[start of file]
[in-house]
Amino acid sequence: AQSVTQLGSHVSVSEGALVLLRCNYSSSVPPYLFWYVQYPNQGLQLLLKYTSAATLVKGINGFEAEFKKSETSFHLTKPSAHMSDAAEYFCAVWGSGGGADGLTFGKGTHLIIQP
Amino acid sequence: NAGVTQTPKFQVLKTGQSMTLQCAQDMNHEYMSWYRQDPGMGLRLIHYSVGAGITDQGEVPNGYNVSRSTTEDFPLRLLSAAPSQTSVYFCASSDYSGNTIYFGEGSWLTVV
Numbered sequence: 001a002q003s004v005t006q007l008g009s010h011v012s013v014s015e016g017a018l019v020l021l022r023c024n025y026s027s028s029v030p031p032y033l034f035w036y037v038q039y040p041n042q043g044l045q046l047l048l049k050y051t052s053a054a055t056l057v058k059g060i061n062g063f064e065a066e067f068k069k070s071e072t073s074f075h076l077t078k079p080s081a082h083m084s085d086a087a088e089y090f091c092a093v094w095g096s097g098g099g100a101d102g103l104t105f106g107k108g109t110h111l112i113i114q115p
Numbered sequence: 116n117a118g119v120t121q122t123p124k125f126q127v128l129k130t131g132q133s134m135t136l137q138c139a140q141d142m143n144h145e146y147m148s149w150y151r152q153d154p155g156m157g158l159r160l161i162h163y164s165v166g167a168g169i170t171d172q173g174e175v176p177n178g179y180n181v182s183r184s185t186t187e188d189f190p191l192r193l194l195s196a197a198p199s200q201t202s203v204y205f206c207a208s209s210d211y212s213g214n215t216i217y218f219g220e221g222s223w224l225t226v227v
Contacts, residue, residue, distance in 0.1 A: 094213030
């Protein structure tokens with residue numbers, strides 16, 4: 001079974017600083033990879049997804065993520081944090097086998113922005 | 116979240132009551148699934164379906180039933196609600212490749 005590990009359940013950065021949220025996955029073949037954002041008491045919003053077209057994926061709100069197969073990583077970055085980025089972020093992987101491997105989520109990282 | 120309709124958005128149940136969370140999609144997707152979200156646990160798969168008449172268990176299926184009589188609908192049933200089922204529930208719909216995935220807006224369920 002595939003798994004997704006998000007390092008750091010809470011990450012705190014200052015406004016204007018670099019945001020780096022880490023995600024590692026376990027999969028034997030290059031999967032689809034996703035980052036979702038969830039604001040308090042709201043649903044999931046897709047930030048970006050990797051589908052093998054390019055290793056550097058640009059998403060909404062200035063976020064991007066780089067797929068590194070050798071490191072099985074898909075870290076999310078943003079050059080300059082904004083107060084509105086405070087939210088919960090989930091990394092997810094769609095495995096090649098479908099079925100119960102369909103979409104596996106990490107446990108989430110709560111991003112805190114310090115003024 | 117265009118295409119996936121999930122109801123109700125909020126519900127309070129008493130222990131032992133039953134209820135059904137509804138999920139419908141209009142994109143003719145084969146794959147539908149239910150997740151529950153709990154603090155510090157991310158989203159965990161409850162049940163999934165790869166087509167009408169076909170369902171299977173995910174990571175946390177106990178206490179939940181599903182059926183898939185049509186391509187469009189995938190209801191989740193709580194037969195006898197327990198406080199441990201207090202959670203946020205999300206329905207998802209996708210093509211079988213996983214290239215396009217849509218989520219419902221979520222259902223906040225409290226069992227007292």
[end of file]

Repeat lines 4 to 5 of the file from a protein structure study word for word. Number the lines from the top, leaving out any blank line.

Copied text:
Numbered sequence: 001a002q003s004v005t006q007l008g009s010h011v012s013v014s015e016g017a018l019v020l021l022r023c024n025y026s027s028s029v030p031p032y033l034f035w036y037v038q039y040p041n042q043g044l045q046l047l048l049k050y051t052s053a054a055t056l057v058k059g060i061n062g063f064e065a066e067f068k069k070s071e072t073s074f075h076l077t078k079p080s081a082h083m084s085d086a087a088e089y090f091c092a093v094w095g096s097g098g099g100a101d102g103l104t105f106g107k108g109t110h111l112i113i114q115p
Numbered sequence: 116n117a118g119v120t121q122t123p124k125f126q127v128l129k130t131g132q133s134m135t136l137q138c139a140q141d142m143n144h145e146y147m148s149w150y151r152q153d154p155g156m157g158l159r160l161i162h163y164s165v166g167a168g169i170t171d172q173g174e175v176p177n178g179y180n181v182s183r184s185t186t187e188d189f190p191l192r193l194l195s196a197a198p199s200q201t202s203v204y205f206c207a208s209s210d211y212s213g214n215t216i217y218f219g220e221g222s223w224l225t226v227v